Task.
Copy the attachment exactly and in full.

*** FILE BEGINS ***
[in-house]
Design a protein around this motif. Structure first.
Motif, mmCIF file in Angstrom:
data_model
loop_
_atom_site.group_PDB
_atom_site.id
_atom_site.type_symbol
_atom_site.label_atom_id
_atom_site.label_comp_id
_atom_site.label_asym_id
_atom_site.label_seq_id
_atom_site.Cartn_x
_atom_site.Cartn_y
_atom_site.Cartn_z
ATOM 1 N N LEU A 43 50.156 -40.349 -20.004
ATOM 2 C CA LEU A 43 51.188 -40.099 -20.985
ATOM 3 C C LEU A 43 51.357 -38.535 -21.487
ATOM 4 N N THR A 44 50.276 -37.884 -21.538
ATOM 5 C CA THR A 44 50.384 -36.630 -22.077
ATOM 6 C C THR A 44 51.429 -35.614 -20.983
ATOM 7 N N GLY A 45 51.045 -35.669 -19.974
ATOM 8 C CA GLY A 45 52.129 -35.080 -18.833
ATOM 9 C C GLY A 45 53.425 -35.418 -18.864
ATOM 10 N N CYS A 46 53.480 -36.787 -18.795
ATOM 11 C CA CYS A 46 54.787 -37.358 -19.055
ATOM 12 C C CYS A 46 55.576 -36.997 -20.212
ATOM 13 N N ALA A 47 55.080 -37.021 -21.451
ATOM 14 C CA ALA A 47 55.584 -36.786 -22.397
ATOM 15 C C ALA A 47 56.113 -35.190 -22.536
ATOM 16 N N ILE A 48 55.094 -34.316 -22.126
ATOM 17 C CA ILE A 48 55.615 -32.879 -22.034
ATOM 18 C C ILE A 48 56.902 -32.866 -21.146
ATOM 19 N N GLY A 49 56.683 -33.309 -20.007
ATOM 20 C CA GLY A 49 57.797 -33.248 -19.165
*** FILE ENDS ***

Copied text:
[in-house]
Design a protein around this motif. Structure first.
Motif, mmCIF file in Angstrom:
data_model
loop_
_atom_site.group_PDB
_atom_site.id
_atom_site.type_symbol
_atom_site.label_atom_id
_atom_site.label_comp_id
_atom_site.label_asym_id
_atom_site.label_seq_id
_atom_site.Cartn_x
_atom_site.Cartn_y
_atom_site.Cartn_z
ATOM 1 N N LEU A 43 50.156 -40.349 -20.004
ATOM 2 C CA LEU A 43 51.188 -40.099 -20.985
ATOM 3 C C LEU A 43 51.357 -38.535 -21.487
ATOM 4 N N THR A 44 50.276 -37.884 -21.538
ATOM 5 C CA THR A 44 50.384 -36.630 -22.077
ATOM 6 C C THR A 44 51.429 -35.614 -20.983
ATOM 7 N N GLY A 45 51.045 -35.669 -19.974
ATOM 8 C CA GLY A 45 52.129 -35.080 -18.833
ATOM 9 C C GLY A 45 53.425 -35.418 -18.864
ATOM 10 N N CYS A 46 53.480 -36.787 -18.795
ATOM 11 C CA CYS A 46 54.787 -37.358 -19.055
ATOM 12 C C CYS A 46 55.576 -36.997 -20.212
ATOM 13 N N ALA A 47 55.080 -37.021 -21.451
ATOM 14 C CA ALA A 47 55.584 -36.786 -22.397
ATOM 15 C C ALA A 47 56.113 -35.190 -22.536
ATOM 16 N N ILE A 48 55.094 -34.316 -22.126
ATOM 17 C CA ILE A 48 55.615 -32.879 -22.034
ATOM 18 C C ILE A 48 56.902 -32.866 -21.146
ATOM 19 N N GLY A 49 56.683 -33.309 -20.007
ATOM 20 C CA GLY A 49 57.797 -33.248 -19.165